Michael Thiele removing the bottom of a Sun Hive.
Around this time of year, a healthy honey bee hive prepares to swarm. Most urbanites might be alarmed by the sight of 10,000 bees clinging together like a living beard hanging from a tree limb, but our ancestors would have been cheered. After all, a swarming hive is one that is reproducing.
Reproducing itself, that is, allowing a new hive to form in the old nest. As the weather warms and the sun climbs higher overhead with the coming of summer, honey bees need to make room for more of the honey that will sustain them through the winter. The queen and nearly two-thirds of the colony will take off one day soon looking for a fresh home, leaving behind an emerging queen and her small cohort to build anew.
What’s intensely fascinating about this step in the already intensely fascinating communal life of the hive is how the bees choose their new home. Scout bees exemplify their name, searching out possible new locations within a rough two miles of their current home.
Upon return, this small legion — typically just 300 to 500 members of the hive — do what’s called a “waggle dance” to advertise the goodness of the place they’ve found. Intrigued, other bees are able to interpret the dance so accurately as to visit the exact spot being danced about — say, one tree within a full forest — and examine it for themselves.
Should it be found to be satisfactory, they return to the hive and waggle their enthusiasm to others of their hive. When enough bees do this, the collective eventually decides upon a new home, showing an astounding 99 percent accuracy in making a good decision.
Cornell professor Thomas Seeley calls this the Honeybee Democracy in his eponymous 2010 book about the perfect collective that is a honey bee hive.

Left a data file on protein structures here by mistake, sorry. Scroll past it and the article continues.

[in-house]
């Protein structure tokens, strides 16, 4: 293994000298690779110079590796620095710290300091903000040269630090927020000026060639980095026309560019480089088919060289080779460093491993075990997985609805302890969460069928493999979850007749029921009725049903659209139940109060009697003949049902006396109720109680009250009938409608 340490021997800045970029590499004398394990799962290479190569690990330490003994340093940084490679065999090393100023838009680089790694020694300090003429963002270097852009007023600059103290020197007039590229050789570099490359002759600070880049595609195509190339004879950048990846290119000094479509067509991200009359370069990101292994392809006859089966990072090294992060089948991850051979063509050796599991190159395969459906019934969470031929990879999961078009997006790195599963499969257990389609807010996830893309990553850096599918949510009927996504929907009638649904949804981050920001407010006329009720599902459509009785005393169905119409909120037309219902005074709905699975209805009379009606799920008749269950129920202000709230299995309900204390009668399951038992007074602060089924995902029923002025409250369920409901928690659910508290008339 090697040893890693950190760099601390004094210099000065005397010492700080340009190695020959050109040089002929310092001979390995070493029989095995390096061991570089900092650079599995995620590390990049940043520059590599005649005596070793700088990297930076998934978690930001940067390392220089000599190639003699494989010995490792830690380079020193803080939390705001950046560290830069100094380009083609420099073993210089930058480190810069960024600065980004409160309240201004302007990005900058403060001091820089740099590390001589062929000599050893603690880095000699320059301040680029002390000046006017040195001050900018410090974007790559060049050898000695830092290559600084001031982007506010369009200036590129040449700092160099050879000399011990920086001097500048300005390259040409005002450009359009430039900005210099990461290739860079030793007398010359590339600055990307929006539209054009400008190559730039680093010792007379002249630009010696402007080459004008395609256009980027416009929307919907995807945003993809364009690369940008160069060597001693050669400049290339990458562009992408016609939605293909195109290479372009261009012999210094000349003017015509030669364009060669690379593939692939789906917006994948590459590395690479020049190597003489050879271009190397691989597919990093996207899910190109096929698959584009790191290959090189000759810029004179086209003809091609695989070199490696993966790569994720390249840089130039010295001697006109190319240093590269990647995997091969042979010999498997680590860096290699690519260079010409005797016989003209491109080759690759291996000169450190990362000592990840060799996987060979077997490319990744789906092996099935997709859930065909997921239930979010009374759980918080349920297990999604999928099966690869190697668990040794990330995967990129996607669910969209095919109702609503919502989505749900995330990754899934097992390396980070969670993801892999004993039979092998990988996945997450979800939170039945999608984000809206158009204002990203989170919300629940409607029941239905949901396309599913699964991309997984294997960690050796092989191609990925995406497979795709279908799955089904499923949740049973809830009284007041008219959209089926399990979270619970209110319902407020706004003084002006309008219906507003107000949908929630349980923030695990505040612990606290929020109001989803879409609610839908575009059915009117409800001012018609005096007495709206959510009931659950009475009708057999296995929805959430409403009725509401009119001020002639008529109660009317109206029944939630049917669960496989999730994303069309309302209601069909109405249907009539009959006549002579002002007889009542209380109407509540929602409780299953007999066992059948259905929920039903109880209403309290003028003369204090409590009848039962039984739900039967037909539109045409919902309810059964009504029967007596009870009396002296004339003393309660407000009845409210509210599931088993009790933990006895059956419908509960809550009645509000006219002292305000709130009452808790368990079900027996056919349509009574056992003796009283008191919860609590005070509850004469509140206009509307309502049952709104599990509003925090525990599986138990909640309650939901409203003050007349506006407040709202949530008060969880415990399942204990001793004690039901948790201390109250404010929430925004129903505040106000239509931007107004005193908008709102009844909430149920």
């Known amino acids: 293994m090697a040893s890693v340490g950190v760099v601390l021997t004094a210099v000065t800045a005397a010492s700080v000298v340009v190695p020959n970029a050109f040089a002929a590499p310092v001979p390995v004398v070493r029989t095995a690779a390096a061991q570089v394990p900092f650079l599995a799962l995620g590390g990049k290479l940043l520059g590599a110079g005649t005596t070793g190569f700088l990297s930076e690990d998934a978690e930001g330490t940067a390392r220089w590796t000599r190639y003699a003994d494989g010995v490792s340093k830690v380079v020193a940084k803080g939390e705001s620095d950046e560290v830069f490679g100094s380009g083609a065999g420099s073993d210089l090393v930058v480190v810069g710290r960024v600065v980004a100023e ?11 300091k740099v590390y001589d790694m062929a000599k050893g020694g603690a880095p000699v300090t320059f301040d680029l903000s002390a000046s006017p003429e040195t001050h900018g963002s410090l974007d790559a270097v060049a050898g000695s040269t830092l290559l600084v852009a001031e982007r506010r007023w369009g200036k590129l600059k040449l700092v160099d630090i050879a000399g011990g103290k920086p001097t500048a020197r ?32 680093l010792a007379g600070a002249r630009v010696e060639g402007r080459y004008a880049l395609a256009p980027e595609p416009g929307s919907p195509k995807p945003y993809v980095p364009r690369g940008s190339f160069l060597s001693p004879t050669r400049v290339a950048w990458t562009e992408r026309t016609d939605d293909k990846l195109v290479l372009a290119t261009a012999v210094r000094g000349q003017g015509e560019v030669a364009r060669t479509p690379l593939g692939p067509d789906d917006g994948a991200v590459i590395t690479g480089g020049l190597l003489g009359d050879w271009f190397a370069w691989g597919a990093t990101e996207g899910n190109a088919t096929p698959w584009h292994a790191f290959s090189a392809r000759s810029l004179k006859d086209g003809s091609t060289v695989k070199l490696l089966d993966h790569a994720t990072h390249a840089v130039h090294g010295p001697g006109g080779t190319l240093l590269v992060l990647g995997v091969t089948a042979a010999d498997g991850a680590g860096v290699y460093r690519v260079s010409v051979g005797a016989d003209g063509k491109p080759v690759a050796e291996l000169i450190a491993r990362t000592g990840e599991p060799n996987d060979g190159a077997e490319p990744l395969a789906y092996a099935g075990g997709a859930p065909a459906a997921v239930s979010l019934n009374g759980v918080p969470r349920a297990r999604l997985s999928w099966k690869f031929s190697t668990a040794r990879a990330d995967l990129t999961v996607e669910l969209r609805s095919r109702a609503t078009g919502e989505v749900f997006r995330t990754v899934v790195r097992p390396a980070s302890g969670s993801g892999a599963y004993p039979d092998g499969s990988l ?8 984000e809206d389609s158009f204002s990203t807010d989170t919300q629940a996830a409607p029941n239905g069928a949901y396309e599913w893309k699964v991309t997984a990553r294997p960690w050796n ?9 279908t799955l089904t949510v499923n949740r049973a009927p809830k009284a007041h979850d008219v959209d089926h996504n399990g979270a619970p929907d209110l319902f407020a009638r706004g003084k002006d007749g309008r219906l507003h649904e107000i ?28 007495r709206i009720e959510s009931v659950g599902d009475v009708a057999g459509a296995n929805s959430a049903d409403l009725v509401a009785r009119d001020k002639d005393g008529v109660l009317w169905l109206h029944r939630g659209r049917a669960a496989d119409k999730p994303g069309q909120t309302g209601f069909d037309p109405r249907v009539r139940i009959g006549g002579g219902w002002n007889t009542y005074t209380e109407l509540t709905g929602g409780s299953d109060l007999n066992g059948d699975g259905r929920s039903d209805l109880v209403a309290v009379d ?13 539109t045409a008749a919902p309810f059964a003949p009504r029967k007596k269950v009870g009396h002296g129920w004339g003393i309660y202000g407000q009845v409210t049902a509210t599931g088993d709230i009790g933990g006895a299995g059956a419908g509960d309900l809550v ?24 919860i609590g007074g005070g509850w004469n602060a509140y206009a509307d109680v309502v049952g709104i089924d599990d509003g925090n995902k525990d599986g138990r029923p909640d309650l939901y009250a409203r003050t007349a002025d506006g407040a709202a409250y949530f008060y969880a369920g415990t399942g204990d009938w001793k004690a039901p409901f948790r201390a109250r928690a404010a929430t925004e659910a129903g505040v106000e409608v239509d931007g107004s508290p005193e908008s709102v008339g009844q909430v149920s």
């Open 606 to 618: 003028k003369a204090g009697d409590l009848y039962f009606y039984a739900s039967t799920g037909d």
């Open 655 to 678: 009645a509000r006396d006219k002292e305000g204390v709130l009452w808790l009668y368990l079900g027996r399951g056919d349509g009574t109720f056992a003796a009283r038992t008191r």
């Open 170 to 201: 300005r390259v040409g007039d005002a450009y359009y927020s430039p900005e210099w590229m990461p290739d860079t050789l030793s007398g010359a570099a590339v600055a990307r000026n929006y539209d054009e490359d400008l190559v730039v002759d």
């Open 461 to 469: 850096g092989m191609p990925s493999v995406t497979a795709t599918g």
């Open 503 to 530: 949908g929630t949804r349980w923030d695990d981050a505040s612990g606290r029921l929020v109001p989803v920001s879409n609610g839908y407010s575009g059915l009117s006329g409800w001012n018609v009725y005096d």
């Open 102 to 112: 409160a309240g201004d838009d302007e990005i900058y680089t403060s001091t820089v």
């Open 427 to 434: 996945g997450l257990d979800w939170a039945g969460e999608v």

Bound by the sun above and gravity below, a bee’s waggle dance indicates the exact direction in which the proposed new home might lie. Seeley’s research reveals that the amount of time that the waggling bee spends moving in one direction to describe the new site is exactly correlated to its distance from the current swarm, estimated to be one second of waggle dance per 1,000 feet of distance.
When the old queen takes her leave, the new queen emerges and flies out, quickly mating with 30 to 40 male drone bees before returning to the hive, where she will pump out some 1,000 eggs a day for the next four years or so, never again needing to mate. A hive only supports some 300 drone males; the rest are female and they work, guarding the hive, gathering nectar, feeding larvae, protecting pupae, and attending the queen. A pheromone on the queen’s body brushes onto workers, who then brush it on to others as they busy themselves so that all in the hive know that the queen is healthy and alive, thus calming the collective.
And these are only some of the things that we know about the honey bee.
Shouldn’t creatures that possess such amazing qualities be honored? Natural apiarist Michael Thiele certainly thinks so. Michael, who presents a workshop with us on Sunday, March 15, is founder of Gaia Bees and a former Zen monk whose way with these important insects is so calmly focused that he can move a swarm with his bare hands.